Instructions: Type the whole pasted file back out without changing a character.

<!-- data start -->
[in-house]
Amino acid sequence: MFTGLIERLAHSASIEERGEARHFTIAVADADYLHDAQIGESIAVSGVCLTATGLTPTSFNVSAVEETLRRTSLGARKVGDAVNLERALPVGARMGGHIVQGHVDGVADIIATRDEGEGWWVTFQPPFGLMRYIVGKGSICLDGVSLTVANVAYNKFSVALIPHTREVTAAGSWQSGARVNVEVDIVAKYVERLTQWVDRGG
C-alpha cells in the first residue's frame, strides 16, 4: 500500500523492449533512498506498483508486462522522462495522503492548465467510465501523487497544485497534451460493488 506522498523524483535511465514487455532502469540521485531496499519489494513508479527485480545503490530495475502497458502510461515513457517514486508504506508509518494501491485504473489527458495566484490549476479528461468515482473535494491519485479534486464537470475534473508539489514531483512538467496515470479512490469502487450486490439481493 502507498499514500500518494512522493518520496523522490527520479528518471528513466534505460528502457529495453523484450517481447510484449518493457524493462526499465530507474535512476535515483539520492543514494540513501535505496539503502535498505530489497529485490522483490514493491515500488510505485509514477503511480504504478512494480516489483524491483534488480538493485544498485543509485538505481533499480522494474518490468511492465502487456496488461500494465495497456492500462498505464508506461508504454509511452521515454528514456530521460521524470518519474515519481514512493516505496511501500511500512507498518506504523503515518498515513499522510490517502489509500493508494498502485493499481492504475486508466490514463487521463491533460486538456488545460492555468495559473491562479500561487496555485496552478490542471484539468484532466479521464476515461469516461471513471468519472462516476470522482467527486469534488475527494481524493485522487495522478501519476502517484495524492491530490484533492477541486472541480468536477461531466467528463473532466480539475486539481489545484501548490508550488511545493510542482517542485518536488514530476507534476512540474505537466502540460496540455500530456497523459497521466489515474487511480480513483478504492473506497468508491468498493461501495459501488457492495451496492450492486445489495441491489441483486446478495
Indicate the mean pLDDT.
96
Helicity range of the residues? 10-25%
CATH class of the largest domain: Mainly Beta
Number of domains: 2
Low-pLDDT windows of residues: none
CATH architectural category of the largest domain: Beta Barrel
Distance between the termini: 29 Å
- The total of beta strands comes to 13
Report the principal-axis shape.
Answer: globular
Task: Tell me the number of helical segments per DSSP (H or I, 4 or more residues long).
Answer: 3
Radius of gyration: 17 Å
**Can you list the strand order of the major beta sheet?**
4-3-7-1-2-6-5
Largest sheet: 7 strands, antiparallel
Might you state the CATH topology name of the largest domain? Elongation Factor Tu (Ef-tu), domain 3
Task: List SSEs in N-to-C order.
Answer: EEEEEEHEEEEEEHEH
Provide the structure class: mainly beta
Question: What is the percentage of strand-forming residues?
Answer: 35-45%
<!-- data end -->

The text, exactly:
[in-house]
Amino acid sequence: MFTGLIERLAHSASIEERGEARHFTIAVADADYLHDAQIGESIAVSGVCLTATGLTPTSFNVSAVEETLRRTSLGARKVGDAVNLERALPVGARMGGHIVQGHVDGVADIIATRDEGEGWWVTFQPPFGLMRYIVGKGSICLDGVSLTVANVAYNKFSVALIPHTREVTAAGSWQSGARVNVEVDIVAKYVERLTQWVDRGG
C-alpha cells in the first residue's frame, strides 16, 4: 500500500523492449533512498506498483508486462522522462495522503492548465467510465501523487497544485497534451460493488 506522498523524483535511465514487455532502469540521485531496499519489494513508479527485480545503490530495475502497458502510461515513457517514486508504506508509518494501491485504473489527458495566484490549476479528461468515482473535494491519485479534486464537470475534473508539489514531483512538467496515470479512490469502487450486490439481493 502507498499514500500518494512522493518520496523522490527520479528518471528513466534505460528502457529495453523484450517481447510484449518493457524493462526499465530507474535512476535515483539520492543514494540513501535505496539503502535498505530489497529485490522483490514493491515500488510505485509514477503511480504504478512494480516489483524491483534488480538493485544498485543509485538505481533499480522494474518490468511492465502487456496488461500494465495497456492500462498505464508506461508504454509511452521515454528514456530521460521524470518519474515519481514512493516505496511501500511500512507498518506504523503515518498515513499522510490517502489509500493508494498502485493499481492504475486508466490514463487521463491533460486538456488545460492555468495559473491562479500561487496555485496552478490542471484539468484532466479521464476515461469516461471513471468519472462516476470522482467527486469534488475527494481524493485522487495522478501519476502517484495524492491530490484533492477541486472541480468536477461531466467528463473532466480539475486539481489545484501548490508550488511545493510542482517542485518536488514530476507534476512540474505537466502540460496540455500530456497523459497521466489515474487511480480513483478504492473506497468508491468498493461501495459501488457492495451496492450492486445489495441491489441483486446478495
Indicate the mean pLDDT.
96
Helicity range of the residues? 10-25%
CATH class of the largest domain: Mainly Beta
Number of domains: 2
Low-pLDDT windows of residues: none
CATH architectural category of the largest domain: Beta Barrel
Distance between the termini: 29 Å
- The total of beta strands comes to 13
Report the principal-axis shape.
Answer: globular
Task: Tell me the number of helical segments per DSSP (H or I, 4 or more residues long).
Answer: 3
Radius of gyration: 17 Å
**Can you list the strand order of the major beta sheet?**
4-3-7-1-2-6-5
Largest sheet: 7 strands, antiparallel
Might you state the CATH topology name of the largest domain? Elongation Factor Tu (Ef-tu), domain 3
Task: List SSEs in N-to-C order.
Answer: EEEEEEHEEEEEEHEH
Provide the structure class: mainly beta
Question: What is the percentage of strand-forming residues?
Answer: 35-45%